Legendary Cinematographer Comes to Campus
Brian Doxtader | Wednesday, April 11, 2007
Haskell Wexler, winner of two Oscars and widely considered one of the most influential cinematographers of his time, is coming to Notre Dame to present his latest film, “Who Needs Sleep?” Scene senior staff writer Brian Doxtader held a phone interview with Wexler in anticipation of his arrival.
What is the film that you are screening here, and what is it about?
The name of the film is “Who Needs Sleep?” and it’s a documentary I completed about seven months ago. I’m a working cameraman, and there’s a “secret situation” that happens in show biz, which everyone thinks is exciting and entertaining. As a matter of fact, routine work on films and TV is 14, 15 hours regularly with very little time between. My investigation of this started when a friend and assistant cameraman fell asleep at the wheel and killed himself driving home after a 19-hour day. That’s essentially the film.
Why is this now an important issue?
I worked on the documentary you saw over the period of a number of years, and over those years the hours increased and the research on how important getting a decent sleep is to your health and safety has increased. Medical research shows that cognitive ability is impaired, so really when they work you long hours, you’re paying overtime for inferior work and for dangerous work, because oftentimes the work of a cinematographer is very dangerous. We work from camera-cars, from cranes, in physically dangerous situations with heavy equipment. It’s a serious matter of safety.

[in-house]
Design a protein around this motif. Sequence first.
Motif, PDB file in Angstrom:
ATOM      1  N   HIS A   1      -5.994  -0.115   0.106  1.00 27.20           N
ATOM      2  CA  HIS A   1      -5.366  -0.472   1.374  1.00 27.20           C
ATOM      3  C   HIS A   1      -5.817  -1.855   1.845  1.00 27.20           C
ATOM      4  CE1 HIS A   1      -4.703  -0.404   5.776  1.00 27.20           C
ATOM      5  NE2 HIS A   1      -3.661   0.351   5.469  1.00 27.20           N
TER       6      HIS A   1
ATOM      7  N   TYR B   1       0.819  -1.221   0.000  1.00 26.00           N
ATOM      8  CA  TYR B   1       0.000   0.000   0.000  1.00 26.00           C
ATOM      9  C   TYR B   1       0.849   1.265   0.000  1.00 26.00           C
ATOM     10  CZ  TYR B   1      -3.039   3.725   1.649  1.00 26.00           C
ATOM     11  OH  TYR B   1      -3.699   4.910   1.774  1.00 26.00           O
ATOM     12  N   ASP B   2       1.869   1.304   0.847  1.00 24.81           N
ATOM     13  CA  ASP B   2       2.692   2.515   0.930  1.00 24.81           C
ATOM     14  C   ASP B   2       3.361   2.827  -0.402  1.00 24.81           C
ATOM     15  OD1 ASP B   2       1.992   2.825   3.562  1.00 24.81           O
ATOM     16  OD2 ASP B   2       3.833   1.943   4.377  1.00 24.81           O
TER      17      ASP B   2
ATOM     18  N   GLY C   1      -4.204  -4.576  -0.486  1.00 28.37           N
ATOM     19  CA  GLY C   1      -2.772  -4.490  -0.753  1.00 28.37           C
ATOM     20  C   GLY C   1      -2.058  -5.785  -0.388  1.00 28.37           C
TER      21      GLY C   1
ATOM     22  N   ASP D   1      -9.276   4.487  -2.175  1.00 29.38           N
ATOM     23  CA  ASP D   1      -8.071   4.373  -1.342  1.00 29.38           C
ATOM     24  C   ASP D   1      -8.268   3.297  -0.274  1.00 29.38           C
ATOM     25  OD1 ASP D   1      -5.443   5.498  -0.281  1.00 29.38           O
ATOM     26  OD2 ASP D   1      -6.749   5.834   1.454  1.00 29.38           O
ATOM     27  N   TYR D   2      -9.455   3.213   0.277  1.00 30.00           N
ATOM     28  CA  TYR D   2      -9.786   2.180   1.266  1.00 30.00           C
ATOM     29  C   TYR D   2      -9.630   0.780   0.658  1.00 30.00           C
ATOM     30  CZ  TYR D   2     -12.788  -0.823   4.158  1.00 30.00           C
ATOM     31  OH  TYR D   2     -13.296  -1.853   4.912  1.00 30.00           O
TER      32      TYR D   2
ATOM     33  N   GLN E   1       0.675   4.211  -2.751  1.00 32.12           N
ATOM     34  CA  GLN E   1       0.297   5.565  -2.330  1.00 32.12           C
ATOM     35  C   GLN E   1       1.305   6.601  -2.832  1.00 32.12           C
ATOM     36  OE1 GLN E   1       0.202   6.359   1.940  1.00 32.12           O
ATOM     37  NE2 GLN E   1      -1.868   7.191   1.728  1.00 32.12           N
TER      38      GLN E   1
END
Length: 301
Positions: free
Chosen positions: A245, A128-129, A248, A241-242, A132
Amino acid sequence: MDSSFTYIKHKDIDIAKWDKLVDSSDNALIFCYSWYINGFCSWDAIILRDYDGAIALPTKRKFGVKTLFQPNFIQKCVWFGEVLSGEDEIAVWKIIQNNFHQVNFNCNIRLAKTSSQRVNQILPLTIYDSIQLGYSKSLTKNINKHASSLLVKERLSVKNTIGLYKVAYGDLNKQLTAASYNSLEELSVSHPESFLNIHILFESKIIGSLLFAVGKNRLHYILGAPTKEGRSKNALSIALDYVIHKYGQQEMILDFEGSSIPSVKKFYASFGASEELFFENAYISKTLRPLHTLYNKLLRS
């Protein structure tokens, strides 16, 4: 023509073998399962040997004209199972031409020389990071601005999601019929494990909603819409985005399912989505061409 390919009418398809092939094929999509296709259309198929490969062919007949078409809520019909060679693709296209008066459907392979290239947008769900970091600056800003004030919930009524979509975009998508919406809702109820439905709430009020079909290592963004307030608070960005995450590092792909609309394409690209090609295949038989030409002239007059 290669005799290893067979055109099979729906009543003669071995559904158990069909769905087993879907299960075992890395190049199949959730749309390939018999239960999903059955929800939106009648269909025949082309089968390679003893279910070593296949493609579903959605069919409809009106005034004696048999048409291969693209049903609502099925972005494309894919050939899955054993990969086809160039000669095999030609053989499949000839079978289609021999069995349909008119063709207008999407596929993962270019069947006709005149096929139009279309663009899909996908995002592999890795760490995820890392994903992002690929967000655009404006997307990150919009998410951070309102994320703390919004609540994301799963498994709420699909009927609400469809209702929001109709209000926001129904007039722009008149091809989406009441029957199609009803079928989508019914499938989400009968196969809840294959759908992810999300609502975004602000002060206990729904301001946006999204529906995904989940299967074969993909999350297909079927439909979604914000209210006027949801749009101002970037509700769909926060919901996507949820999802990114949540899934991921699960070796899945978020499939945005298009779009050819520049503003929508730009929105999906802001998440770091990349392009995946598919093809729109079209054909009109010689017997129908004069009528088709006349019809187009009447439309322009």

How is this serious matter being addressed?
Of course, all kinds of organizations, especially those within the federal government, have now pointed out that about 70 percent of car crashes are from fatigued drivers. Unlike alcohol or drugs, it’s difficult to diagnose when the cause of a crash is fatigue, but they’re now determining that “falling asleep at the wheel” is a chief cause. They do this by first ruling out drugs, alcohol or mechanical failure. Then, in most of these accidents, they also determine that there are no skid marks. When you fall asleep at the wheel, as I have done (and frankly, all my co-workers have done), you just sort of drift off, because you don’t know when you’re sleep-deprived.
How else has this matter personally affected you?
Disruption to your family life is immense. People with kids go into work on Friday morning and get home Saturday morning – if you have kids, their time off is the weekends and you’re most going to be a basket-case trying to catch up on sleep on those weekends. Since I finished the film, the situation has gotten worse. But because job situations are tight, people don’t want to speak out about it because they’re afraid that employes will just say, “Well, we’ll find someone who can cut the mustard.”
How is the film being received within the industry?
It’s interesting because “Who Needs Sleep?” was screened at the Sundance Film Festival. Critically it was applauded, but when industry distributors were there, nobody bid on it. I asked one of the industry people that I know, “How come something that’s being so well-received won’t be bought?” and he said, “Well, it’s viewed as ‘industry-unfriendly.'” Of course, I got tremendous response from workers – I’ve gotten hundreds of emails, and the film’s reputation is growing worldwide. There has been a lot of progress, with things like insurance companies and lawsuits. But really, there have been a lot of accidents on the set and off. People in the business, the workers who are on the set, know that it costs more to work those longer hours because your productivity drops drastically.